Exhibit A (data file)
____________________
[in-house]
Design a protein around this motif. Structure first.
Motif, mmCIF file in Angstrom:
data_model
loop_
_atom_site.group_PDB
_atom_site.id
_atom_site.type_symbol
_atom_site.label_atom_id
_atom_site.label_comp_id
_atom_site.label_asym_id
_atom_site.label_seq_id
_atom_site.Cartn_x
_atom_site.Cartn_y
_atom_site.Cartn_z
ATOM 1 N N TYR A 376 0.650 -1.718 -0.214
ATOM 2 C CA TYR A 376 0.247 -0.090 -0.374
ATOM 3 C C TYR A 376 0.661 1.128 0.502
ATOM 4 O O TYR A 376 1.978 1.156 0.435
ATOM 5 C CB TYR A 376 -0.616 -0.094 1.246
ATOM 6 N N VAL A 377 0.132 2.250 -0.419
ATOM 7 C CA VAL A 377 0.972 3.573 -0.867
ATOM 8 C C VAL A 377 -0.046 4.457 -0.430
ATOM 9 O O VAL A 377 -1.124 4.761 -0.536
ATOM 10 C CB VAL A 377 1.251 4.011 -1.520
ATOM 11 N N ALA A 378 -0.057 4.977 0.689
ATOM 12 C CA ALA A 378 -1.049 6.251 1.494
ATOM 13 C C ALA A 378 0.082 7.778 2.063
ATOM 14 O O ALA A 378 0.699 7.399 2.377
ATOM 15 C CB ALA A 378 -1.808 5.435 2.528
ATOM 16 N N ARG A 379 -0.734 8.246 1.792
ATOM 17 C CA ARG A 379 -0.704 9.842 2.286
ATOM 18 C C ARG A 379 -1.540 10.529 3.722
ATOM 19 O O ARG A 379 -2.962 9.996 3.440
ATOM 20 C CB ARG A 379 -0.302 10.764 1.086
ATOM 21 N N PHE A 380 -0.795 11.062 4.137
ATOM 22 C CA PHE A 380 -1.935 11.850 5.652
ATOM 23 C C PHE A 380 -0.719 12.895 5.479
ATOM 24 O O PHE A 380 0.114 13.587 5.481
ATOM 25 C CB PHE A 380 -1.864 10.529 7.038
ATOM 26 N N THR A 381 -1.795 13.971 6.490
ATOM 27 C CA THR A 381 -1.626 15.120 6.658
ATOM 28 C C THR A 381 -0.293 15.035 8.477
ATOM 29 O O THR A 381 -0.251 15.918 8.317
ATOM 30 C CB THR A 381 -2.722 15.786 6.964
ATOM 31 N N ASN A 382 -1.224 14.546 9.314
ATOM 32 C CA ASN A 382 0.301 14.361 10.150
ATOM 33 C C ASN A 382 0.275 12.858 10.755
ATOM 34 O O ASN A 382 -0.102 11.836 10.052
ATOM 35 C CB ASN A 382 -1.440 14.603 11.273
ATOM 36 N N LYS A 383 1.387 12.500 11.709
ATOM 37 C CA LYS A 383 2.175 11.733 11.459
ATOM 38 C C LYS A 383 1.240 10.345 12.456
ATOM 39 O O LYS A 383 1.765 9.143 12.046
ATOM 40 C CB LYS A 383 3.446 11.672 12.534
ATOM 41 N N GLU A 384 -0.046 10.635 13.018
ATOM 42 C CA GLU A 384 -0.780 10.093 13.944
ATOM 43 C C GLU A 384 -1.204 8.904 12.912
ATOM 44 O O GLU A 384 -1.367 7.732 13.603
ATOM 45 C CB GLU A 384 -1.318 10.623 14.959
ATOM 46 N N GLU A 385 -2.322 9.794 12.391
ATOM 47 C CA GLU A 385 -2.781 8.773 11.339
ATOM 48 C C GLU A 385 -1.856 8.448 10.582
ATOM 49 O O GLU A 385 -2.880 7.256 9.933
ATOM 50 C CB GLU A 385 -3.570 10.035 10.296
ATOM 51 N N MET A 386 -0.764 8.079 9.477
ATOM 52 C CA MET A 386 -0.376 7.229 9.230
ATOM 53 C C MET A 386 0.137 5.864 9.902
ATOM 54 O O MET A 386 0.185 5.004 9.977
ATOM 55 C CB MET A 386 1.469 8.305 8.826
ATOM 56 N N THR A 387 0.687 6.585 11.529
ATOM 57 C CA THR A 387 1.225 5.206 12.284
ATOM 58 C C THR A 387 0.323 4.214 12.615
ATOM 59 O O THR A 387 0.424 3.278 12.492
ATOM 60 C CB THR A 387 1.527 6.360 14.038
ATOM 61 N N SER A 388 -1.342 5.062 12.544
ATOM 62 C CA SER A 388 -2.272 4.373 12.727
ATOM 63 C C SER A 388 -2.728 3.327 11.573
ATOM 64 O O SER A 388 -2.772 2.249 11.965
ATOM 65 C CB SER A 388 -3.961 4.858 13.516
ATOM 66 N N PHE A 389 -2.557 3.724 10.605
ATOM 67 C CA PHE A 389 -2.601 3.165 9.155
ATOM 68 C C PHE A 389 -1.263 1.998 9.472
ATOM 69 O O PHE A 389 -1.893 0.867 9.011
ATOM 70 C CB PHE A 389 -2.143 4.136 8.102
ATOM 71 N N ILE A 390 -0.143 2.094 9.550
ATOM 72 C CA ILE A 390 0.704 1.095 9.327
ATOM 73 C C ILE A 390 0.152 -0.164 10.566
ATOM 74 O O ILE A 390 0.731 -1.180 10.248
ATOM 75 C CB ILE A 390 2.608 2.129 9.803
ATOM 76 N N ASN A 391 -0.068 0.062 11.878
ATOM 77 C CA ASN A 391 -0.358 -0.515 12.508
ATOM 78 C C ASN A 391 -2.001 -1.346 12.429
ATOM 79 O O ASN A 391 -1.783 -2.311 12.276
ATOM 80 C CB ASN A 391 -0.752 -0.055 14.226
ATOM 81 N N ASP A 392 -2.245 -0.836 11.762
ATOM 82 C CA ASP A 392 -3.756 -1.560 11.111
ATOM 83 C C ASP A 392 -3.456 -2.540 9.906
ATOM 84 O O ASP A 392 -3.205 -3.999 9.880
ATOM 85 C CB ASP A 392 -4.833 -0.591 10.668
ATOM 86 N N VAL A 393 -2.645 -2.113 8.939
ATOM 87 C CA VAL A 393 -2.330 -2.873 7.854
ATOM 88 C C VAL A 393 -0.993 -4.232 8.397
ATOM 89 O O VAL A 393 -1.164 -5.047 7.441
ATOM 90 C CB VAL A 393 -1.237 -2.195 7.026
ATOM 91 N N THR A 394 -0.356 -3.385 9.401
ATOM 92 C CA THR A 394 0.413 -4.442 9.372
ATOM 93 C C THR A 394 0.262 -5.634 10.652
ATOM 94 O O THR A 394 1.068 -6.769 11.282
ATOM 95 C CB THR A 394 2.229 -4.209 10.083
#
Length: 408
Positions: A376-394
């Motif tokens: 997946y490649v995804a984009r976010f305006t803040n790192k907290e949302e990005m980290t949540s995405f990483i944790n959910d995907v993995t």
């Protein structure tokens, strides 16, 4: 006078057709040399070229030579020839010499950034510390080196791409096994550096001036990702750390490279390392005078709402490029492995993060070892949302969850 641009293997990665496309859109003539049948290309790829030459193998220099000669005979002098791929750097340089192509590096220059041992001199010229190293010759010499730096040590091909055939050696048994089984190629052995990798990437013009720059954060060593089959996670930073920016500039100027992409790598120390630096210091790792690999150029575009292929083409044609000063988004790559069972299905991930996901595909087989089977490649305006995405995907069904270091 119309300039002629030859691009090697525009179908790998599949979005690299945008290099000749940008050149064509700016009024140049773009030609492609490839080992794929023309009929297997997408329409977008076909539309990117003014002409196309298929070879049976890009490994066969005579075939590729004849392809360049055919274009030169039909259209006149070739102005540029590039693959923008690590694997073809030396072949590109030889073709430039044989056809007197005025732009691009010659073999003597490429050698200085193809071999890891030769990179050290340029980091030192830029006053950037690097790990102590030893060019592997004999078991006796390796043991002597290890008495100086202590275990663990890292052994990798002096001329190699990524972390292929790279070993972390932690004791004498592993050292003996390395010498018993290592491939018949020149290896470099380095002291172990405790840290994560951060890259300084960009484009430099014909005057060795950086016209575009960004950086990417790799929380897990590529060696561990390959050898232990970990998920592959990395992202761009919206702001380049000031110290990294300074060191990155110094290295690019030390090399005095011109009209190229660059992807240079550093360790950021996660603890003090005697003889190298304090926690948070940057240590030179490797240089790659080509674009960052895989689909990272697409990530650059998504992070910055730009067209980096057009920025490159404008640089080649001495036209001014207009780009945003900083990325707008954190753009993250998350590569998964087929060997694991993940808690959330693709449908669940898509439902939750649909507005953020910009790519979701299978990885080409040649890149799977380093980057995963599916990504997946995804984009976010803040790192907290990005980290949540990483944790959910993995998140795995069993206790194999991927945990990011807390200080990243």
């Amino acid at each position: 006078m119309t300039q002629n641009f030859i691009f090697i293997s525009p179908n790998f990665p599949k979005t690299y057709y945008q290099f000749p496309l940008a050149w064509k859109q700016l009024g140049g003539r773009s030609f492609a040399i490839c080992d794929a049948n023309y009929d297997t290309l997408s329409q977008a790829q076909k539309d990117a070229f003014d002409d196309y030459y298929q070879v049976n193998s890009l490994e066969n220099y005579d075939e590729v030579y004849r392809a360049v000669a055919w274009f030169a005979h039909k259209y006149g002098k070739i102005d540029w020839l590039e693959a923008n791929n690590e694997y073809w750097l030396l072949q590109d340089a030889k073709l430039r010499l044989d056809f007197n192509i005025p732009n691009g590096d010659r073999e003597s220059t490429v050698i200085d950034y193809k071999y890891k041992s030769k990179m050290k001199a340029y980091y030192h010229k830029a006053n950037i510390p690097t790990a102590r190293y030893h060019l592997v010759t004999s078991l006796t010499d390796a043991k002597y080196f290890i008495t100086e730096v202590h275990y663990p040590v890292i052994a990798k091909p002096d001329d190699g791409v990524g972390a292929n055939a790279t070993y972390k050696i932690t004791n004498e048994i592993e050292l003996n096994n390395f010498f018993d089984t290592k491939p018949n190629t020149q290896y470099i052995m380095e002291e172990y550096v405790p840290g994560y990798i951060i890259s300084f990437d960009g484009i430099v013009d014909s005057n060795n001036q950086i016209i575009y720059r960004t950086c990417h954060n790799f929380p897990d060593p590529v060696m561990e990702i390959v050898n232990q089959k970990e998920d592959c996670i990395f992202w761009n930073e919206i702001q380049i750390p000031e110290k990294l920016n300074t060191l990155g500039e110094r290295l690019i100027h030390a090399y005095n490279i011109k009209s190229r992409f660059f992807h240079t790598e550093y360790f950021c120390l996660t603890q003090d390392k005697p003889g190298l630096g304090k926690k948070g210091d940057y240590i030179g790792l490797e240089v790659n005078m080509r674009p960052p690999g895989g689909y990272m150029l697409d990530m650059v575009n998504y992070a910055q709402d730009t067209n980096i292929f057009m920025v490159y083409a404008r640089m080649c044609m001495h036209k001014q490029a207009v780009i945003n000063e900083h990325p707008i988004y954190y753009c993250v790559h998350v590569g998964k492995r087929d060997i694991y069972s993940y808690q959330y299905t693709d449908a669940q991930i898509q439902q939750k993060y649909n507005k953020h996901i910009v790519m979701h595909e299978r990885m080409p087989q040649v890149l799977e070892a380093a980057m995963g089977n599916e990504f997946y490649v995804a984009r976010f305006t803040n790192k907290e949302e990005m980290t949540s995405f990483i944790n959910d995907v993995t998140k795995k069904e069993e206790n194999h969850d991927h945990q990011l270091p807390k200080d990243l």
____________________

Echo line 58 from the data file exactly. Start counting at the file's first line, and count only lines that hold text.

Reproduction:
ATOM 43 C C GLU A 384 -1.204 8.904 12.912